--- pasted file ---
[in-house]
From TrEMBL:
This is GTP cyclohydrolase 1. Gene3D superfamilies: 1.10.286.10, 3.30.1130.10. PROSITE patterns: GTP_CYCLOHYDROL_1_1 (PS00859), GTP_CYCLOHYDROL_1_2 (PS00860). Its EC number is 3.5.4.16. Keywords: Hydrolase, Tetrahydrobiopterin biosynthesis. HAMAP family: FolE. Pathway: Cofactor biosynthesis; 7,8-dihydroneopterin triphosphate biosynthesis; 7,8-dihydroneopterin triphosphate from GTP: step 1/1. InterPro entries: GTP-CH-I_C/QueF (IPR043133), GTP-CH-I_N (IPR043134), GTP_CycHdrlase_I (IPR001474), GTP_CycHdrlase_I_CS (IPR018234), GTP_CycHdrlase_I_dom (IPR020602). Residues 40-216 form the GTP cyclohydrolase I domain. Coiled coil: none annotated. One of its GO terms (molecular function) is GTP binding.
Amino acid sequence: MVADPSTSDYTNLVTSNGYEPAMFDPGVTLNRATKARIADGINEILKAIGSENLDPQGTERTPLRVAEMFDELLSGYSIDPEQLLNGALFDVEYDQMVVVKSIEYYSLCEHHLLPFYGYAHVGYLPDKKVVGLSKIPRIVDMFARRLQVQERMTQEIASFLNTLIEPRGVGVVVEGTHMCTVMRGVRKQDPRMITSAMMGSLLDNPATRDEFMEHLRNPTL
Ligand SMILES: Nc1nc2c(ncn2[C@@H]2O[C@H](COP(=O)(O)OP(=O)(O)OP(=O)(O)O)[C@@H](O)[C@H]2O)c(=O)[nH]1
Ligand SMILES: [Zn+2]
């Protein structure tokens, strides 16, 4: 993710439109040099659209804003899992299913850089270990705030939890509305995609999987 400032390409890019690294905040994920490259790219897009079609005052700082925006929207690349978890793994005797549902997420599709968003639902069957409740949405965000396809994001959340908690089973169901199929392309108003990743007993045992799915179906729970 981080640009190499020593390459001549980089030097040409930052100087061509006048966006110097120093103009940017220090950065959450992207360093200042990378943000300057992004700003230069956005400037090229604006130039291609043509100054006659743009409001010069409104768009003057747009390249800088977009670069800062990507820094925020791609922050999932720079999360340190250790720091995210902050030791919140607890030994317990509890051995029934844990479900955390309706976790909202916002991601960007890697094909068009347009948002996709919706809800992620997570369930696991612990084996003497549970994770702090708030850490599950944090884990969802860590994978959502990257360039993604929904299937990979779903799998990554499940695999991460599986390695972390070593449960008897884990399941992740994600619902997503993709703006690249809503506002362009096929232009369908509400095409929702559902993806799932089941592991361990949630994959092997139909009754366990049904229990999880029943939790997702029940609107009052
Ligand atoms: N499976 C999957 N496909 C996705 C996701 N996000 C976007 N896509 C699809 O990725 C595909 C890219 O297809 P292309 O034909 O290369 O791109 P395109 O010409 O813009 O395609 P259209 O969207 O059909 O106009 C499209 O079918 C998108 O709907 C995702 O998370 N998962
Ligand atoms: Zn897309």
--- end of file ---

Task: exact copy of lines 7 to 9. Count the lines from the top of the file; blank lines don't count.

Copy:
């Protein structure tokens, strides 16, 4: 993710439109040099659209804003899992299913850089270990705030939890509305995609999987 400032390409890019690294905040994920490259790219897009079609005052700082925006929207690349978890793994005797549902997420599709968003639902069957409740949405965000396809994001959340908690089973169901199929392309108003990743007993045992799915179906729970 981080640009190499020593390459001549980089030097040409930052100087061509006048966006110097120093103009940017220090950065959450992207360093200042990378943000300057992004700003230069956005400037090229604006130039291609043509100054006659743009409001010069409104768009003057747009390249800088977009670069800062990507820094925020791609922050999932720079999360340190250790720091995210902050030791919140607890030994317990509890051995029934844990479900955390309706976790909202916002991601960007890697094909068009347009948002996709919706809800992620997570369930696991612990084996003497549970994770702090708030850490599950944090884990969802860590994978959502990257360039993604929904299937990979779903799998990554499940695999991460599986390695972390070593449960008897884990399941992740994600619902997503993709703006690249809503506002362009096929232009369908509400095409929702559902993806799932089941592991361990949630994959092997139909009754366990049904229990999880029943939790997702029940609107009052
Ligand atoms: N499976 C999957 N496909 C996705 C996701 N996000 C976007 N896509 C699809 O990725 C595909 C890219 O297809 P292309 O034909 O290369 O791109 P395109 O010409 O813009 O395609 P259209 O969207 O059909 O106009 C499209 O079918 C998108 O709907 C995702 O998370 N998962
Ligand atoms: Zn897309």